Rainy, misty, hill-circled Shillong, ‘Scotland of the East’, former capital of undivided Assam, now of Meghalaya — this elegant remnant from British India, plays a lead role in Assam-born writer Ankush Saikia’s third book, The Girl from Nongrim Hills.
This dark and detailed thriller takes the reader on a languorous yet compelling ride through Shillong’s steep roads and squishy maidans, Tibetan eateries and colonial clubs, Assam-type houses sheltering simple hardworking parents and faded old hotels harbouring femme fatales — it’s a world of slow corruption and decay going hand-in-hand with militancy, guns, politicians, mining-mafia, rock bands, extortionists — the whole Northeastern syrwa (the rice-beef stew that protagonist Bok occasionally consumes), served with panache to a readership more familiar with Delhi-Mumbai bhaji.
It’s a desperate tale of misguided young people taking patently disastrous paths that can lead to nowhere but doom. But when quick money is the need of the hour, perhaps reason goes for a toss. The novel’s lead is a Khasi youth Bok, guitarist with a Shillong band. His elder brother, weak-willed Kitdor, has lost Rs 50 lakh on a Nagaland trip involving arms purchase for militants. The crooks have given Kitdor a bloody-nose warning, plus a week’s time to come up with the money, or face certain death. The pathetic Kitdor (married, with two young children) turns to Bok for help — and the latter decides to find the money quickly, any which way, all for the sake of his brother and family (including the unsuspecting parents).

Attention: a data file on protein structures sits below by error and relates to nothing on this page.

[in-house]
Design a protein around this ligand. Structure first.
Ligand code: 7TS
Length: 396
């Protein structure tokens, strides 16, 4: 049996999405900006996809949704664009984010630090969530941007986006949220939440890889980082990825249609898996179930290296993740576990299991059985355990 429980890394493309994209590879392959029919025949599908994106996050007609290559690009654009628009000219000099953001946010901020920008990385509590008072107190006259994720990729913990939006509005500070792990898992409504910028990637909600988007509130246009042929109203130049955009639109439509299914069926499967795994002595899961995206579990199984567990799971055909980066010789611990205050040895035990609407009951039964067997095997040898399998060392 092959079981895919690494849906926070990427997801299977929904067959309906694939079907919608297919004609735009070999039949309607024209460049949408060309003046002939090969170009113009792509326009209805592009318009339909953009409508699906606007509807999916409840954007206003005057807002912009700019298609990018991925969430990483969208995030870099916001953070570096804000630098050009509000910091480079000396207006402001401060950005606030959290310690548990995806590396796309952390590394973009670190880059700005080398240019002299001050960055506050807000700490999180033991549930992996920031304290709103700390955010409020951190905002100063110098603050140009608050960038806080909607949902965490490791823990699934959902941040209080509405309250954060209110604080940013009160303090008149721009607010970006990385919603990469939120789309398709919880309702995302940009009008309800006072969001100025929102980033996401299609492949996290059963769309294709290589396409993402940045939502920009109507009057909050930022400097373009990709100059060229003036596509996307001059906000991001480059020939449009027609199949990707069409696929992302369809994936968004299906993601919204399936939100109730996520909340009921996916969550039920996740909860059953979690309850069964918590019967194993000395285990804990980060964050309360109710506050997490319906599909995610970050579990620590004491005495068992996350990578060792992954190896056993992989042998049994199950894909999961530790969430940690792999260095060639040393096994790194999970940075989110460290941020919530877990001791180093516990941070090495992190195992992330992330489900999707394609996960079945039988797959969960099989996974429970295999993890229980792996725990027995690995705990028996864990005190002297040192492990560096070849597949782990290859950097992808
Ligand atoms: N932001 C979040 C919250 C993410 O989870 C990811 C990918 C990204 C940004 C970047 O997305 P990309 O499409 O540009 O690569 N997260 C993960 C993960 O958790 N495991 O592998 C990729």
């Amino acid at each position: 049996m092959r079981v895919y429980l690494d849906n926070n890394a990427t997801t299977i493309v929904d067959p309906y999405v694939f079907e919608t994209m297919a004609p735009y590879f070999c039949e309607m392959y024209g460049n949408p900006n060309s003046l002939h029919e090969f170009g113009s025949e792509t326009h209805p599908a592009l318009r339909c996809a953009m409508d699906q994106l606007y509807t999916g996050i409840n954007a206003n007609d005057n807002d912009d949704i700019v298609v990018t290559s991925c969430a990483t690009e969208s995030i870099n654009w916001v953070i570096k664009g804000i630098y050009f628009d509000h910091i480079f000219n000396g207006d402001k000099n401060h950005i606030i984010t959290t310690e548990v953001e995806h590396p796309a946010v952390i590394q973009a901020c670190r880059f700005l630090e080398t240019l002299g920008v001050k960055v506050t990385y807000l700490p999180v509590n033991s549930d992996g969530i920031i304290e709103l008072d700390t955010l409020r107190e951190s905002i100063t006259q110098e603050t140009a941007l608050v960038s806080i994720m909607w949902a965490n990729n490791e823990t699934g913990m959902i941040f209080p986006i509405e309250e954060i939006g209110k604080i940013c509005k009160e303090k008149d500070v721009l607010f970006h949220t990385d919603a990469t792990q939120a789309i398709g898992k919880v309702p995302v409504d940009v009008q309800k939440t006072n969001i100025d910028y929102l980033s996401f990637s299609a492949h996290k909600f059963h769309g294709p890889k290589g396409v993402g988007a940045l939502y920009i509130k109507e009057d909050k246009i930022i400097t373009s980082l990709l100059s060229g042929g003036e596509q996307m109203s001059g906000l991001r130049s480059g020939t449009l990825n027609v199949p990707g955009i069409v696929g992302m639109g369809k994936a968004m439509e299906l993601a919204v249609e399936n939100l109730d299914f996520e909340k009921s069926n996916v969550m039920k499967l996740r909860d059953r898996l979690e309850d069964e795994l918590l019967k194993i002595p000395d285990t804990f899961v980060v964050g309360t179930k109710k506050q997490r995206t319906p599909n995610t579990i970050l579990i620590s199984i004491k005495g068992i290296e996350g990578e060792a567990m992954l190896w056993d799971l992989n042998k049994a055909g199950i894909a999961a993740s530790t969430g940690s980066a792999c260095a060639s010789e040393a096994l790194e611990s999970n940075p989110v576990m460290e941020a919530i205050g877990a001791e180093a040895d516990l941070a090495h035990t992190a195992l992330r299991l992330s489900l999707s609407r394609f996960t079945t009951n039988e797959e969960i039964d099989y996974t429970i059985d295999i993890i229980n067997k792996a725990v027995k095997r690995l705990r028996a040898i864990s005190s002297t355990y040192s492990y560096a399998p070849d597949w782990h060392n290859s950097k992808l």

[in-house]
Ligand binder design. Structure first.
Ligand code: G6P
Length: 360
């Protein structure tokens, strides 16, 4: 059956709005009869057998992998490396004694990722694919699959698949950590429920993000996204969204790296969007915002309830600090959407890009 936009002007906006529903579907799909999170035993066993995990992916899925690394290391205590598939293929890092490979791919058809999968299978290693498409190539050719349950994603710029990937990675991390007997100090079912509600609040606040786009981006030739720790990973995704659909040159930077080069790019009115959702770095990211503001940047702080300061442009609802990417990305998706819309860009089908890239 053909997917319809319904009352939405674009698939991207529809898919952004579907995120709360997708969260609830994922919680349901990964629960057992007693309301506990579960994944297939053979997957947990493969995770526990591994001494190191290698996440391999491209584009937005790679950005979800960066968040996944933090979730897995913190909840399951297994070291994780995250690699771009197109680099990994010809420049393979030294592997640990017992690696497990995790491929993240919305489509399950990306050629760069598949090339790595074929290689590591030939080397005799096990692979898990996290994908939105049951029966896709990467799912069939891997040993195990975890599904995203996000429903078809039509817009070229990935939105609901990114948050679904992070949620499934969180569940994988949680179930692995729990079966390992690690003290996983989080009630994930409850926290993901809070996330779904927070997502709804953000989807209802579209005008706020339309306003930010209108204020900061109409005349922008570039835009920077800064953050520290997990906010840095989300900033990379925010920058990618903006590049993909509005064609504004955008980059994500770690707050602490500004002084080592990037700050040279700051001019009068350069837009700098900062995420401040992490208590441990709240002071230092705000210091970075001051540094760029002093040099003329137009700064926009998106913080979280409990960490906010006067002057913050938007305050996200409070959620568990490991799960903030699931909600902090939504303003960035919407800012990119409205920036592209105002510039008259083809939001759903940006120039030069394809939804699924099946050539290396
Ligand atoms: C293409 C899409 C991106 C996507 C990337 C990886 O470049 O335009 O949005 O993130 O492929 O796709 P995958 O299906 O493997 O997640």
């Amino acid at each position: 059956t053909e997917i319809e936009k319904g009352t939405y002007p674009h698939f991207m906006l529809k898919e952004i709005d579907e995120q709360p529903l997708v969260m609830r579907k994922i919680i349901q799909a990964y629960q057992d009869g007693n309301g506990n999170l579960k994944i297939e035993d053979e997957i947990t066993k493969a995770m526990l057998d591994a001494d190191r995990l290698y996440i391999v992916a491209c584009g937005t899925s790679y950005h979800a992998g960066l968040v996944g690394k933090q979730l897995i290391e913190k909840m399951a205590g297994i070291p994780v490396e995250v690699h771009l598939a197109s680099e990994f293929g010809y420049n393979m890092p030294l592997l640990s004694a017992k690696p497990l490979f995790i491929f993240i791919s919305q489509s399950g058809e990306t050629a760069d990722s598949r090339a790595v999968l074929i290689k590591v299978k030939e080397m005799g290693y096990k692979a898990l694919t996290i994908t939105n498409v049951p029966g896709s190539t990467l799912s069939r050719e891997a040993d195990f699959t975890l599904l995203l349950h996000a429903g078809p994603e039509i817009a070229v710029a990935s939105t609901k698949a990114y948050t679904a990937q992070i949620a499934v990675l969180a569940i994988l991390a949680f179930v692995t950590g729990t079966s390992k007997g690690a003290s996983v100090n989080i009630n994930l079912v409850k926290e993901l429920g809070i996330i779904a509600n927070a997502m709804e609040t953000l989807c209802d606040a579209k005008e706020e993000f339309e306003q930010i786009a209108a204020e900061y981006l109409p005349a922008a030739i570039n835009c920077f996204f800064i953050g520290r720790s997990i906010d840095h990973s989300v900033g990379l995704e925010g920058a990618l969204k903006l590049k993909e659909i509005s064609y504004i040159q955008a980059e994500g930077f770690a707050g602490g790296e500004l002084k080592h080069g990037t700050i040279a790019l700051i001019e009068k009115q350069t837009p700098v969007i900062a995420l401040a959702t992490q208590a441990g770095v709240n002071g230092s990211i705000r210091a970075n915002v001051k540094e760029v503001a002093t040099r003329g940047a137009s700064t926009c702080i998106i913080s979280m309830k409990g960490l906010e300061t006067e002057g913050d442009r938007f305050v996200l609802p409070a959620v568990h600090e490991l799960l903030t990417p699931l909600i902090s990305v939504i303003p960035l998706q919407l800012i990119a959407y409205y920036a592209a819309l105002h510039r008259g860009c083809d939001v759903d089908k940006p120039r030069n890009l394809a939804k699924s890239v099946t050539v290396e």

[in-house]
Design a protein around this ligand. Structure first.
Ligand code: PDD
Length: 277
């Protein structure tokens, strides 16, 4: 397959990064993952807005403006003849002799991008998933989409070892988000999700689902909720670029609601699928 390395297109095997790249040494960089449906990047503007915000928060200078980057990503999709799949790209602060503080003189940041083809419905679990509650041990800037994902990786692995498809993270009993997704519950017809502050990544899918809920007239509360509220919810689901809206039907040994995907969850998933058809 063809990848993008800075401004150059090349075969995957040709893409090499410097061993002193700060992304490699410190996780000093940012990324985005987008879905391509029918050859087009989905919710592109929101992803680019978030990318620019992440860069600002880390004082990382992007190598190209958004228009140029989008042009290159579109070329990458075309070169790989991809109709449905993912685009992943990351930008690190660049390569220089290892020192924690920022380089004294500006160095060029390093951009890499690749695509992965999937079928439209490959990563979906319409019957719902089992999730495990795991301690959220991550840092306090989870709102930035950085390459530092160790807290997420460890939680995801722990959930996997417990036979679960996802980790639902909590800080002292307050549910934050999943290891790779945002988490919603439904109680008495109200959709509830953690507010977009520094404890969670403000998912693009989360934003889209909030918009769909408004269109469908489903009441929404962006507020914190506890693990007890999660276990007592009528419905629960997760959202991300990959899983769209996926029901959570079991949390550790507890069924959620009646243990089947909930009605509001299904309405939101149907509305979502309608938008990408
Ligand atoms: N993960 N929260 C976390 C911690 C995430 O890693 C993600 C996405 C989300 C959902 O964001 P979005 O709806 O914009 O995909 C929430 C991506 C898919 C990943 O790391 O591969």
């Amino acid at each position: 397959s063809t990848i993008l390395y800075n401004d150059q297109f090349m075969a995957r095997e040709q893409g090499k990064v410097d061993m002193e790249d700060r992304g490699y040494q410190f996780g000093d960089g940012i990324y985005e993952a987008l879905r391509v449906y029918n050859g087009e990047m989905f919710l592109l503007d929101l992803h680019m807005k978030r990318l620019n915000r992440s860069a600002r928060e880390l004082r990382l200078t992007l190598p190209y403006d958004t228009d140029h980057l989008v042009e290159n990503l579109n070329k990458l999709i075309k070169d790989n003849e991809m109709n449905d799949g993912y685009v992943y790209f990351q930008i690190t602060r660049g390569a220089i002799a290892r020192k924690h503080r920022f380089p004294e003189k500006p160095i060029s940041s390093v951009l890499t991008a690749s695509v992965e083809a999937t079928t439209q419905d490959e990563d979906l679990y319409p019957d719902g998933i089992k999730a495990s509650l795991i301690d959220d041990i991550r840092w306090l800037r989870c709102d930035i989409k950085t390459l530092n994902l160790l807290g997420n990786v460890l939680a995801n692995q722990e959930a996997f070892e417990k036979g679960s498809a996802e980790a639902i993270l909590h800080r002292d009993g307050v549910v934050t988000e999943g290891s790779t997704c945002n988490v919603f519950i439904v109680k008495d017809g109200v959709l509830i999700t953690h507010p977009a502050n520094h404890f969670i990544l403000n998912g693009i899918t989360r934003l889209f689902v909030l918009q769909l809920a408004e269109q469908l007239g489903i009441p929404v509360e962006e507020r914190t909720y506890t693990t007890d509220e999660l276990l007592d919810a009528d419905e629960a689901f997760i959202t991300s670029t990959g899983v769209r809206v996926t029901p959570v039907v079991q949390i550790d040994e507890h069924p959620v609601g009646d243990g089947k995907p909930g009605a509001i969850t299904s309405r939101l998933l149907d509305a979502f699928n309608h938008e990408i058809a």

An encounter with a mysterious female Christine sees Bok being lured to a risky solution. Expectedly, he falls into a trap. The major part of the novel now details Bok’s attempts to get out of the mess, help his brother — and get even with his tormenter. From here, it’s a non-stop ride, all the way to the climax, at Nongrim Hills.
Besides being a thriller, the book, like many more in this genre, is also a portrait of a society, place and time. Changing Shillong (‘a stew of tribals and plain-dwellers’), the restive Northeast with its relative isolation from mainstream India, the politician-industrialist nexus — Saikia‘s gaze sweeps it all. He is acutely obsessive in his detailing of Shillong’s geography, food, language-mix (bah, mei, bohni), straight-haired tribal girls — all the nostalgia.
The book’s varied characters contribute to the mood and tone, simultaneously kindling reader-response. One gets irritated with the sensible Bok for being aware, wary and yet foolish. Christine is a seductive vamp; her encounters with Bok and others reveal a sexy, tough woman with a back story of exploitation and torture by an Indian Army unit. Other characters like Nobleson, the rich coal-mine owner cum politician, graceful people like the virginal Daisy (Bok’s patient friend), band members with a life beyond the music — all play their parts.
It’s a moody thriller that picks up speed gradually. The early chapters seem to be steeped in unnecessary minutiae, resulting in sluggish prose. Store-assistant Eva with her medical problems seems unnecessary as does one Wanlam, who, thanks to a syntax error (page 7), is initially understood as a locality, not a person!
In essence though, Bok is literally on the run, furious at being fooled; gritty, bloodied but unbowed, determined to get even, save a sibling — the hastened pace and the geographical mapping giving the story a film-noir feel. Whilst Northeast Indian readers may relate to the book on a personal level, others get a peep into an India whose mainland links are fragile and tenuous, the society slightly foreign — an indigenous matrilineal society, comforting Christianity and attendant lifestyle (slow dancing at weddings, country and rock music, easy drinks, and a perpetual cigarette haze ). Saikia talks of Shillong’s ‘unique milieu’, a ‘culture equal parts rock music and Hindi film songs’. Eventually, Saikia’s blemished hero fights inner and outer demons, reveals and faces truths, finds love and peace.